They didn’t, the NASDAQ turned out losing 50% of what it “should” have lost (according to my calculation) if the Fed hadn’t stepped in and used taxpayer money (current and future), to save the skins of all the malinvestment  Ponzi Scheme merchants, and about 20% for the S&P 500.

S&P 500

What happened next was that the S&P 500 (according to my numbers) more or less tracked OMV until 2008, until the house of cards finally came crashing down around everyone’s heads and even the Government of the Most Powerful Nation on Earth was unable to rig the marketplace so that the malinvestments of the past didn’t start to implode, and the 50% of the peak in 2000 came in, like clockwork, exactly as the model predicted.

The moral of that story is that once malinvestments have been made, (thanks to a bubble), you can’t start again until all of those have been washed out of the system.

Funny how Allan Greenspan was happy to stand by whilst the bubble was forming, saying that the “market can look after itself”, and that he couldn’t recognize a bubble even if someone hit him over the head with a copy of International Valuation Standards, but when the whole thing exploded, well he started meddling with the market.

There are TWO things you can do wrong with Bubbles if you are a regulator:

1: Let them happen in the first place (if you know how to do a valuation it’s not hard to recognise them).

2: If you did let them happen, than panic and rush around using taxpayer money (and the money of their grandchildren), to pay off everyone who made a lousy investment and try and sweep the pain under the carpet.

Alan Greenspan made TWO mistakes, not one.

The net result was that a downturn of about seven years whilst the lunacy got “cleaned up”, just got extended to 14 years (i.e. seven years from now is how long this analysis estimates before the S&P 500 will naturally lie at OMV).

That’s why I’m saying that if the S&P 500 comes up to any more than 80% of OMV (right now that’s 80% of 1,500 = 1,250), it’s highly likely there will be a 20% or so reversal (i.e. down to about 1,000).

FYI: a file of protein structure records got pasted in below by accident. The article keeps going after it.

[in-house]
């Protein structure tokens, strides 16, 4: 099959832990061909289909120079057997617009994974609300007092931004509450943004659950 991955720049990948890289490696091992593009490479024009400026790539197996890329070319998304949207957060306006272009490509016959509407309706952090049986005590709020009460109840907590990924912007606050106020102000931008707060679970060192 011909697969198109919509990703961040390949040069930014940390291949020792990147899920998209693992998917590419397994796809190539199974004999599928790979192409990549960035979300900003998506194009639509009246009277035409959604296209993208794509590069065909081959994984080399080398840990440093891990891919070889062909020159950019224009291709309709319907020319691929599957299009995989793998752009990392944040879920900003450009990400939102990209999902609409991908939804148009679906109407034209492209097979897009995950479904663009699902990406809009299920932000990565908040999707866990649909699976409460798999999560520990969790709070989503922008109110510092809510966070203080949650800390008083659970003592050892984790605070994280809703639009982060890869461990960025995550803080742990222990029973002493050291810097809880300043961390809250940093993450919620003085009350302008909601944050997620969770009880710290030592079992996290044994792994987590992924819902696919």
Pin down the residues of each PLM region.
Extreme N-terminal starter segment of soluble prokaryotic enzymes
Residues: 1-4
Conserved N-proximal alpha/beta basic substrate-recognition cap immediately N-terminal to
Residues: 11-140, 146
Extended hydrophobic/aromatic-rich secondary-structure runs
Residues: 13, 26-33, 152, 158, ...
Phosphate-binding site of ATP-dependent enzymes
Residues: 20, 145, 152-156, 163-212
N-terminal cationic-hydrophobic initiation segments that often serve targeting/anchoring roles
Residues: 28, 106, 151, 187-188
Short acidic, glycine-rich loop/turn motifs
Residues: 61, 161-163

NASDAQ

To my way of thinking the NASDAQ looks different.

First it got in 50% of where it should have gone (rather than 25% in the case of the S&P 500), second from 2002 to 2008 it bumbled along about 10% to 20% below OMV.

So that’s seven years “on the bench” which is enough time for the malinvestments leading up to 2000 to be shaken out. So for me, it would have been no surprise that in early 2008 the NASDAQ crept up to OMV (I wasn’t actually looking at it but that’s by-the-by).

If (then) I’d been asked to take a bet on what would have happened next I would have said that the NASDAQ was in good shape; and I would have been wrong (I wasn’t asked and I didn’t take the bet).

I’m mulling that over right now. My inclination is to say that the NASDAQ got hit just because the whole market got hit, not because there was a lot of malinvestment or mispricing; like it got hammered unfairly, “in sympathy”.

If that’s right, then the NASDAQ-100 “ought” to creep up to 2,250 to 2,500 in the next year to 18 months, whilst the S&P 500 basically goes (on average) sideways.

That makes some sort of sense, as Karl Denninger was saying, companies on the NASDAQ make things and they provide services, and so they don’t rely half as much on financial tricks and leverage to produce “earnings”.

And until securitization re-starts (unlikely in 2010, and perhaps not even in 2011), anyone who relies on leverage or financial tomfoolery to hit their earnings targets, are going to be left in the dust.

By Andrew Butter

Twenty years doing market analysis and valuations for investors in the Middle East, USA, and Europe; currently writing a book about BubbleOmics. Andrew Butter is managing partner of ABMC, an investment advisory firm, based in Dubai ( hbutter@eim.ae ), that he setup in 1999, and is has been involved advising on large scale real estate investments, mainly in Dubai.

© 2010 Copyright Andrew Butter- All Rights Reserved
Disclaimer: The above is a matter of opinion provided for general information purposes only and is not intended as investment advice. Information and analysis above are derived from sources and utilising methods believed to be reliable, but we cannot accept responsibility for any losses you may incur as a result of this analysis. Individuals should consult with their personal financial advisors.

Andrew Butter Archive